LEGISLATION designed to close a loophole in coalmining workers’ compensation law has created a problem for companies providing various everyday services to the coal industry, according to a major employers’ group.
Australian Business Lawyers and Advisers, a subsidiary of the NSW Business Chamber, says businesses whose employees enter mine sites for something as simple as a delivery job may have to take out two sets of workers’ compensation insurance: one policy for the time they spend at a mine site and one for all their other work.
ABLA’s Newcastle spokesperson, Kyle Scott, said on Monday the situation followed changes to the coal industry workers’ comp system that were introduced on July 1 with a transition period until October 1.
The legislation, the Coal Industry Amendment Act 2018, was designed to close a legal loophole caused by a 2014 court case that had allowed labour hire firms to move away from the supposedly compulsory coal industry workers’ comp scheme run by Coal Mines Insurance or CMI.
CMI is a subsidiary of Coal Services (formerly the government-owned Joint Coal Board, which was handed to the Minerals Council and the Construction, Forestry, Maritime, Mining and Energy Union in 2001.
Coal Services is responsible for the health and safety of mineworkers and its compensation system charges premiums that recognise the health costs of long-term exposure to coal dust.
Mr Scott said the Minerals Council and the CFMEU were clearly consulted in the lead-up to the legislation but it seemed as though the “service companies” were not.
“As far as we are concerned, the amendment goes well beyond closing the loophole to arguably impact on a huge range of other businesses that supply services to the coal industry,” Mr Scott said.
He said the new definition of an “employer in the coal industry” as “any employer whose employees work in or about a coal mine” was too wide.
“Where employees spend some of their time working in or about a mine and the remainder working elsewhere, employers must now have two policies to cover that one worker,” Mr Scott said.
“They will also need to estimate the percentage of their employee’s total work activity in or about a mine, and then split and declare wages between the two policies.”
Mr Scott said the business chamber had written to the Resources Minister, Don Harwin, who had responded to say that it was not the intention of the legislation to rope in companies from outside of the industry.
He said that if the problem wasn’t fixed by regulation it would probably end up in the courts.
Asked about the chamber’s concerns, Mr Harwin said on Monday night that “the types of work that are required to have CMI coverage have remained the same, and have not been broadened under the recent amendment”.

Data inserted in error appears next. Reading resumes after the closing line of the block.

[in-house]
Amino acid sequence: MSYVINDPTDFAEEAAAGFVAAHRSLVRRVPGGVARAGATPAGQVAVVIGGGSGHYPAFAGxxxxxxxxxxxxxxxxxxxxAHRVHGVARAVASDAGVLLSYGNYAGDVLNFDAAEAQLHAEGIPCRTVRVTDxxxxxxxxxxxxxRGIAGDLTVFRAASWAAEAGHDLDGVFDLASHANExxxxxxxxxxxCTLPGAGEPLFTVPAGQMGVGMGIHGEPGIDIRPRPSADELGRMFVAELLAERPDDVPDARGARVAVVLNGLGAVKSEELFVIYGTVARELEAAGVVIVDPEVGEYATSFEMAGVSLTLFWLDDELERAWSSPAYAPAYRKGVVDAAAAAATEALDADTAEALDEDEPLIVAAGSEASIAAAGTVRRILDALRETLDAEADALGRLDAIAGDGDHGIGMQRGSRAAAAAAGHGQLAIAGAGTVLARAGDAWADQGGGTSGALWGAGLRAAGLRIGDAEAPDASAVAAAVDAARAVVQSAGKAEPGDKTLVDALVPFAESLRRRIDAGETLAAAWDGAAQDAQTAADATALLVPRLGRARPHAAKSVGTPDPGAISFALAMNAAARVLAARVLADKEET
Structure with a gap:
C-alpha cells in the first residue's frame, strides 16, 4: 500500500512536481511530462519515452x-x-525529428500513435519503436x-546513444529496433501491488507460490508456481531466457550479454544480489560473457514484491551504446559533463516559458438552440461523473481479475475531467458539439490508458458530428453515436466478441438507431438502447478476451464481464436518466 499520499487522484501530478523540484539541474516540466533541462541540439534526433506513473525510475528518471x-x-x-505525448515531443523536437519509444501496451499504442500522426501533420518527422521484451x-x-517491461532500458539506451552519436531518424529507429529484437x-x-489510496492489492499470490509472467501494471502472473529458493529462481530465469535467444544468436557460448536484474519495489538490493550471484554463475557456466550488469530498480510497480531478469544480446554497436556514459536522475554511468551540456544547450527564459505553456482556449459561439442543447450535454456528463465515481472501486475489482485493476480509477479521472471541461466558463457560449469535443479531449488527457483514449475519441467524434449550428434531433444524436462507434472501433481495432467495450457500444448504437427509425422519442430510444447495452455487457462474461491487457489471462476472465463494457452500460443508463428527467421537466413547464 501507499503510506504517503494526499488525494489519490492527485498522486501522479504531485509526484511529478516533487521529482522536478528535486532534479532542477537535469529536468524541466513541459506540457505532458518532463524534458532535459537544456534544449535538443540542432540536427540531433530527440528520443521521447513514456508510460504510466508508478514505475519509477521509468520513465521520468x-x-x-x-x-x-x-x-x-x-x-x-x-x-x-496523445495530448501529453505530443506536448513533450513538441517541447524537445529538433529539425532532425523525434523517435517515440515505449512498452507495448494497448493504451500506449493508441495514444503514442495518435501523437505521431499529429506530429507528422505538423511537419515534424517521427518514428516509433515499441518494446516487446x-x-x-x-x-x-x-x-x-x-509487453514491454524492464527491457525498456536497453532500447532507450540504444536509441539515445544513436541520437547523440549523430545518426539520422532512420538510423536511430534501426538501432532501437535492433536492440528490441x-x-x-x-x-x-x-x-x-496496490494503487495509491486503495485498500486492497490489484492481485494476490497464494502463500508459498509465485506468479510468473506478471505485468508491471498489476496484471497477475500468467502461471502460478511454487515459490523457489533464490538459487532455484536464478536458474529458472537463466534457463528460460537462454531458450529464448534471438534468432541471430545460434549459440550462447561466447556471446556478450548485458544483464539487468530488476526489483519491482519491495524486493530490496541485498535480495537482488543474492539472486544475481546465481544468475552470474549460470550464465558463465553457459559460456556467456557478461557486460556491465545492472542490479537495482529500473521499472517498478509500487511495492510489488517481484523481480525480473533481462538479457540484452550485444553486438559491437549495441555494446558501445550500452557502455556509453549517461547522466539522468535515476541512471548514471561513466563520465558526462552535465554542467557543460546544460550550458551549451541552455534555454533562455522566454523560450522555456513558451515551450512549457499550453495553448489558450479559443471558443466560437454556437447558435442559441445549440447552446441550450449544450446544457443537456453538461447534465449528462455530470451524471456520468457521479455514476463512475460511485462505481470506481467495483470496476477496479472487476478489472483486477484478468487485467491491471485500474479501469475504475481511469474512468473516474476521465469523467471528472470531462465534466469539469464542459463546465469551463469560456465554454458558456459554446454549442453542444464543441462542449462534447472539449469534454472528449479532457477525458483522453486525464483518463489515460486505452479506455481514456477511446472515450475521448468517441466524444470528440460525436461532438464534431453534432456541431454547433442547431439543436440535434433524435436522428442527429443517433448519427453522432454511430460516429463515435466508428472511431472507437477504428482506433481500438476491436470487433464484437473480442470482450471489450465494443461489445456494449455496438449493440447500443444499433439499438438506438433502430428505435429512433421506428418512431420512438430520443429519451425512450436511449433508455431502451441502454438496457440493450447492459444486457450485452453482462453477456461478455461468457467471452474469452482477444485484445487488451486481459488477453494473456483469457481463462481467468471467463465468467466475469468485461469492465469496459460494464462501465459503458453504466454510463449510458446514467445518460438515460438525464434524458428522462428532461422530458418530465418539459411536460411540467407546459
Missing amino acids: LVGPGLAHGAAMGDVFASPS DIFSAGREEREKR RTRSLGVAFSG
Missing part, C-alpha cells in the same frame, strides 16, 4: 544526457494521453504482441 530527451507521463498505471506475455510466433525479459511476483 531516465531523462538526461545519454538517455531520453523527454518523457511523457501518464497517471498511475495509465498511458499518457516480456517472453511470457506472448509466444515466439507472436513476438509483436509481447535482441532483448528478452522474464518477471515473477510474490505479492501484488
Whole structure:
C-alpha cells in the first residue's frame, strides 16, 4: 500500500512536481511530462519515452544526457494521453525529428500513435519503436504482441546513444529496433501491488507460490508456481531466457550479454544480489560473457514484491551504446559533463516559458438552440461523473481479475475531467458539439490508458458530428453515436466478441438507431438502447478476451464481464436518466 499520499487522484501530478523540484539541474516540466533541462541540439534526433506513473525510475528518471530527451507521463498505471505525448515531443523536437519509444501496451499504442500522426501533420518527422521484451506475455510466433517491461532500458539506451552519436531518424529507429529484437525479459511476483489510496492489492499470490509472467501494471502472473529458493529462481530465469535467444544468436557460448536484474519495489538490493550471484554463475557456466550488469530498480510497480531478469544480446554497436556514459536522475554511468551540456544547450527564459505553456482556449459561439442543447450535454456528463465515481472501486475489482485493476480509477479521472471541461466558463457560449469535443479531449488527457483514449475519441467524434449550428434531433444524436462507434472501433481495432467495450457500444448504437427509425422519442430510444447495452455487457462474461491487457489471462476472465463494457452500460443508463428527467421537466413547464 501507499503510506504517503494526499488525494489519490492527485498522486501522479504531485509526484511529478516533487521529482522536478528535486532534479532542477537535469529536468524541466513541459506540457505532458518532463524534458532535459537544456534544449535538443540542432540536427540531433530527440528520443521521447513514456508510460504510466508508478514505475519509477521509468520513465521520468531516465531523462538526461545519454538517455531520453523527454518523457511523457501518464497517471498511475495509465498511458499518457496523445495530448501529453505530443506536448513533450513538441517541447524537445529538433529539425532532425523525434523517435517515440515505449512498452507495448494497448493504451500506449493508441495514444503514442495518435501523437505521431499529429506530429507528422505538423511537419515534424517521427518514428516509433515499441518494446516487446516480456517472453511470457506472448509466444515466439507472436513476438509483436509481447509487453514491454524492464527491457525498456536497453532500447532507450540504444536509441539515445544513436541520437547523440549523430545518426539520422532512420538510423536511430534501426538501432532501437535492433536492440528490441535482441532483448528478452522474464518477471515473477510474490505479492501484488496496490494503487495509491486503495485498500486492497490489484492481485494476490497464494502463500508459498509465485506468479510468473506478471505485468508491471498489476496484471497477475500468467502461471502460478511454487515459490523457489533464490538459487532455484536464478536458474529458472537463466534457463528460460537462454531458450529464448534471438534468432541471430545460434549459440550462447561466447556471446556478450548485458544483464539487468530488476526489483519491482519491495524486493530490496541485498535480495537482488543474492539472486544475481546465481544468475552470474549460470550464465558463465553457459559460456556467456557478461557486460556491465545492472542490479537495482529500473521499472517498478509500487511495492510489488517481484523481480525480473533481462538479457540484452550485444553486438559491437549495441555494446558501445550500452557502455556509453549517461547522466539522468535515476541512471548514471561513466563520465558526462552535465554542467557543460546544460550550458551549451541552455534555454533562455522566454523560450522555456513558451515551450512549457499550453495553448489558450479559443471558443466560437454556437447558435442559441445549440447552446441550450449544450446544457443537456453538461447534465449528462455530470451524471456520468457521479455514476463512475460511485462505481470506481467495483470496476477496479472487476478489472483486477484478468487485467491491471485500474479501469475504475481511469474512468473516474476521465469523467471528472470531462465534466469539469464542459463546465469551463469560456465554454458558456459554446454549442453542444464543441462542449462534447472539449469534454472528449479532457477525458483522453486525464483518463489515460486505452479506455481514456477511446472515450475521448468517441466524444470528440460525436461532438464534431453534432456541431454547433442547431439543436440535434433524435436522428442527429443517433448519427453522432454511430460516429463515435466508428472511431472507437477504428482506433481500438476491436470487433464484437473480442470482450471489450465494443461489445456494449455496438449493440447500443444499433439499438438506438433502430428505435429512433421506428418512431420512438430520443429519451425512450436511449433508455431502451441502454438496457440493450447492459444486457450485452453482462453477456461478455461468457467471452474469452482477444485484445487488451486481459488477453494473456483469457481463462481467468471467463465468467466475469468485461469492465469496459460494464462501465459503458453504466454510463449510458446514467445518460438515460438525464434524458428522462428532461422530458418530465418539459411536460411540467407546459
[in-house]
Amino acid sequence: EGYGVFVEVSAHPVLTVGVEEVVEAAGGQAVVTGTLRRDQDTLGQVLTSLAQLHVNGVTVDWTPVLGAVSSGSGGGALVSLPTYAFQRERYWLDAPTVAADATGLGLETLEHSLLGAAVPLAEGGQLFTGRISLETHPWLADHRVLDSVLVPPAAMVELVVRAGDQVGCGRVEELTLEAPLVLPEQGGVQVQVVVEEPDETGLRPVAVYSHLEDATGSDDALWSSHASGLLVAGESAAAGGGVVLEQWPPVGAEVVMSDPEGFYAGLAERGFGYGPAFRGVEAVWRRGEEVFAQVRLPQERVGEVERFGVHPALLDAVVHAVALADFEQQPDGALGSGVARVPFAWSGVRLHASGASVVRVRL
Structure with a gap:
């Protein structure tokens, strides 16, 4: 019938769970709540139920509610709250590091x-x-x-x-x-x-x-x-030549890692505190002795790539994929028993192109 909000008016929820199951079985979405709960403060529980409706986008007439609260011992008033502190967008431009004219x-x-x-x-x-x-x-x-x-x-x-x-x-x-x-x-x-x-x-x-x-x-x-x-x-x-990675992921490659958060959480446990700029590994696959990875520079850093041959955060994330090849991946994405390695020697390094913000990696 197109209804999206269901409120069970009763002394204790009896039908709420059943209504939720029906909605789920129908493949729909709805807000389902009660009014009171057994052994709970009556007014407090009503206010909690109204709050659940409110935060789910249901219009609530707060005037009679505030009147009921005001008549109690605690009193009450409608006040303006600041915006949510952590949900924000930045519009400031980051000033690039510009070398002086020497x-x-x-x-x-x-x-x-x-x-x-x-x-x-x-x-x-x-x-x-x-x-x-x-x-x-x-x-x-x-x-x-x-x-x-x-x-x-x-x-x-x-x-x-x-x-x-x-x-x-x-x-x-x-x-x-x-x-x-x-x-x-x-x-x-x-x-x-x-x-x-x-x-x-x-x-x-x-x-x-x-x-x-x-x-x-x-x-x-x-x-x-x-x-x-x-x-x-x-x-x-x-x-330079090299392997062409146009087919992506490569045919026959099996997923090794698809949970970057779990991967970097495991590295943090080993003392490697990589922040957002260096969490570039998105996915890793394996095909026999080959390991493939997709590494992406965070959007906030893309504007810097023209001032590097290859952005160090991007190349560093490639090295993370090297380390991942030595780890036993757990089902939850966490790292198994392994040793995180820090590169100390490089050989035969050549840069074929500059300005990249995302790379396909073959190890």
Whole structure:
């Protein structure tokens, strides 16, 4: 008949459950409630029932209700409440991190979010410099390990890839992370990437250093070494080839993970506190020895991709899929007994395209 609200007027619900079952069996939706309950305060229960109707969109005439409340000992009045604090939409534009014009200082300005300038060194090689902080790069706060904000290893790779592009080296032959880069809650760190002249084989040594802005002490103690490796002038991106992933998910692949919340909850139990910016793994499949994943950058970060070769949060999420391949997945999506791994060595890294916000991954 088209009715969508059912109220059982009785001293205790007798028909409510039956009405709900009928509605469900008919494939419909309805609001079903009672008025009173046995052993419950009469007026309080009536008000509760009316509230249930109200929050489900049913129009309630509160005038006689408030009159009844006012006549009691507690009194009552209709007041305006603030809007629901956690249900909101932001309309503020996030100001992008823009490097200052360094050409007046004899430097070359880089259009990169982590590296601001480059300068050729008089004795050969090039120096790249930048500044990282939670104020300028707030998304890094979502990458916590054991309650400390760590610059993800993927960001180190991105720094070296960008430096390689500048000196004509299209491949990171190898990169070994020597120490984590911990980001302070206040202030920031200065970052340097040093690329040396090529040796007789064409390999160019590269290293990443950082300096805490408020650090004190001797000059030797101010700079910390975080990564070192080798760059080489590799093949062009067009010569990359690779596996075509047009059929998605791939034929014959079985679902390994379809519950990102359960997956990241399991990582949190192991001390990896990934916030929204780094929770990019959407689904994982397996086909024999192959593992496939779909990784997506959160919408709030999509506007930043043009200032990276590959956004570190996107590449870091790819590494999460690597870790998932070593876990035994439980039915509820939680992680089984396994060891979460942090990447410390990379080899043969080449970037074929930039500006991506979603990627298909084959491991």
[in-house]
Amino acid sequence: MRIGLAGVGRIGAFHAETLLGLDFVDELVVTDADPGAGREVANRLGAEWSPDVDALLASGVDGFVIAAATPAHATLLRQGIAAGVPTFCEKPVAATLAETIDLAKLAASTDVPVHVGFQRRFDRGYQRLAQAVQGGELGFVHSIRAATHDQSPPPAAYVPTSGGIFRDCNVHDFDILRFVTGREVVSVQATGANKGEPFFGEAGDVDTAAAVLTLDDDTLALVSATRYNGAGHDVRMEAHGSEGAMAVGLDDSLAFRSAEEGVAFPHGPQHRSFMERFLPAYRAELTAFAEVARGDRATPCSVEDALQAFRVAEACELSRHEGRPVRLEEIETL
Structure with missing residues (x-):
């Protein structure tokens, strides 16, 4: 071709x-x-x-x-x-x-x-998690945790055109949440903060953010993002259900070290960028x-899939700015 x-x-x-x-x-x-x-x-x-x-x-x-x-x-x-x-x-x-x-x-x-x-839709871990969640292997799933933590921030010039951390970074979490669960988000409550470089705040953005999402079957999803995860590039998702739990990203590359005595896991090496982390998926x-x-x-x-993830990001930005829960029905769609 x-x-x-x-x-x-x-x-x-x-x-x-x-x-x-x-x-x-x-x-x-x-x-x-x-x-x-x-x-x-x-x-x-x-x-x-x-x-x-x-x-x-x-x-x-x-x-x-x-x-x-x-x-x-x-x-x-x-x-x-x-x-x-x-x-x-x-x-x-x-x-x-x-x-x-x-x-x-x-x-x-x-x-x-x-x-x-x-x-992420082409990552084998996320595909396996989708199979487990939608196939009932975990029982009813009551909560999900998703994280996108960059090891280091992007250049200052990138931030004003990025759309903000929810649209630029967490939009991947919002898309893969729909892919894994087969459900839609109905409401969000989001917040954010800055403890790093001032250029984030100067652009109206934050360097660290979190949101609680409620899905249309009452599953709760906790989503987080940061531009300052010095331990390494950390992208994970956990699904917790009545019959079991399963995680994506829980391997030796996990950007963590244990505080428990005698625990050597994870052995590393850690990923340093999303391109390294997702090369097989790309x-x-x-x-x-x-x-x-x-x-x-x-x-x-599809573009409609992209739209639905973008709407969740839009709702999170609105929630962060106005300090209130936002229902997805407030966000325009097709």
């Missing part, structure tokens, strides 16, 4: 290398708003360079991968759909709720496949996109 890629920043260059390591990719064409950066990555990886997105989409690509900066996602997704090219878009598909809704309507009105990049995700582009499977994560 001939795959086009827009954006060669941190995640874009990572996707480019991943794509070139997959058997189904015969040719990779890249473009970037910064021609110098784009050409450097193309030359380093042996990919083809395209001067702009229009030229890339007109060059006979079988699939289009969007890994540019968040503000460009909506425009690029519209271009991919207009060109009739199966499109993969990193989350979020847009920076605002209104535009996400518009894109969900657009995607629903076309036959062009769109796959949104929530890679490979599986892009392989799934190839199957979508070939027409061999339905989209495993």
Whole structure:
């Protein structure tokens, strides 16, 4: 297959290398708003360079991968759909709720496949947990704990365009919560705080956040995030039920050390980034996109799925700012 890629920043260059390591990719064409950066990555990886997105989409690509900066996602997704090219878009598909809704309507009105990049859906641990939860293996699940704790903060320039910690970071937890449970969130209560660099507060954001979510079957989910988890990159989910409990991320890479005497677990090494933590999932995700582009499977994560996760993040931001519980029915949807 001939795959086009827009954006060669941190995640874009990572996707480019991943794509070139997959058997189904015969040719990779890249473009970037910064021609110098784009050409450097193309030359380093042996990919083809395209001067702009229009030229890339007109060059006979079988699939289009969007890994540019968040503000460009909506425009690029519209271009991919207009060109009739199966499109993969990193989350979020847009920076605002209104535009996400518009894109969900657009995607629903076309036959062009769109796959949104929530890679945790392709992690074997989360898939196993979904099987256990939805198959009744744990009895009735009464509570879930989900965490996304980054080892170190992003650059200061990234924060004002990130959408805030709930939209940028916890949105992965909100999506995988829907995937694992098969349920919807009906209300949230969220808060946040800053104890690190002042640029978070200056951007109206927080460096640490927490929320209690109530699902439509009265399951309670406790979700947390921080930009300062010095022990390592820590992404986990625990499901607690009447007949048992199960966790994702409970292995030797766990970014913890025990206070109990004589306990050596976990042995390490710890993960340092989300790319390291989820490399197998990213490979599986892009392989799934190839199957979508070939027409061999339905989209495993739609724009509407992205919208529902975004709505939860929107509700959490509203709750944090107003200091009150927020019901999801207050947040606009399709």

“Workers engaged in non-mining related activities, and workers who are required to attend a coal mine site on an ad hoc or irregular basis in the course of their work, are not required to be covered by CMI,” Mr Harwin said.
Responding to ABLA’s concerns, a spokesperson for Coal Services said it had material on its website that clarified for things for employers.
As for holding two workers compensation policies, the spokesperson said this was already the case and had been since 2008.
The Coal Industry Amendment Act, which passed through NSW parliament in May, was championed by the Coalition and Labor alike as a fix for an industry with growing confusion over its workers compensation system.
In April, Resources Minister Don Harwin told parliament: “Given that the mining industry is increasingly moving towards a flexible contract workforce it is crucial that mine workers are afforded the same level of health and safety protection. Employers who are not using the Coal Mines Insurance scheme do not contribute funds to support the Coal Services health and safety monitoring of workers or the monitoring of dust and airborne contaminants. This puts coal mine workers at risk because of the difficulty in tracking health records and monitoring results over time.”
But former Mount Arthur contractor Simon Turner said on Monday that nothing has been done for people like him who had been injured while their employer was using “the wrong insurer”.
He said the industry was “still pretending that injured workers like us don’t exist”.
“The changes mean that an employer in the coal industry means any employer whose employees work in or about a coal mine,” Mr Turner said.
“That’s straight from the amendment bill. It’s also what I’ve pointed out from day one to everyone involved, starting with SIRA (State Insurance Regulatory Authority), Icare, CGU Insurance, GIO ,Chandler Macleod and WIRO (Workers Compensation Independent Review Office).
“Yet after almost three years of fighting this stuff, those of us who have been injured while our employer was not using Coal Mines Insurance as they should have been are still left where we are, still falling through the cracks with each organisation saying it’s not their job, or they don’t have jurisdiction, or they’ve already answered that question.”
Mr Turner’s plight and that of others in a similar situation attracted the interest of a specialist Canberra law firm, Adero Law, which has launched a class action to pursue the rights of present and past casual mineworkers it says have been substantially underpaid.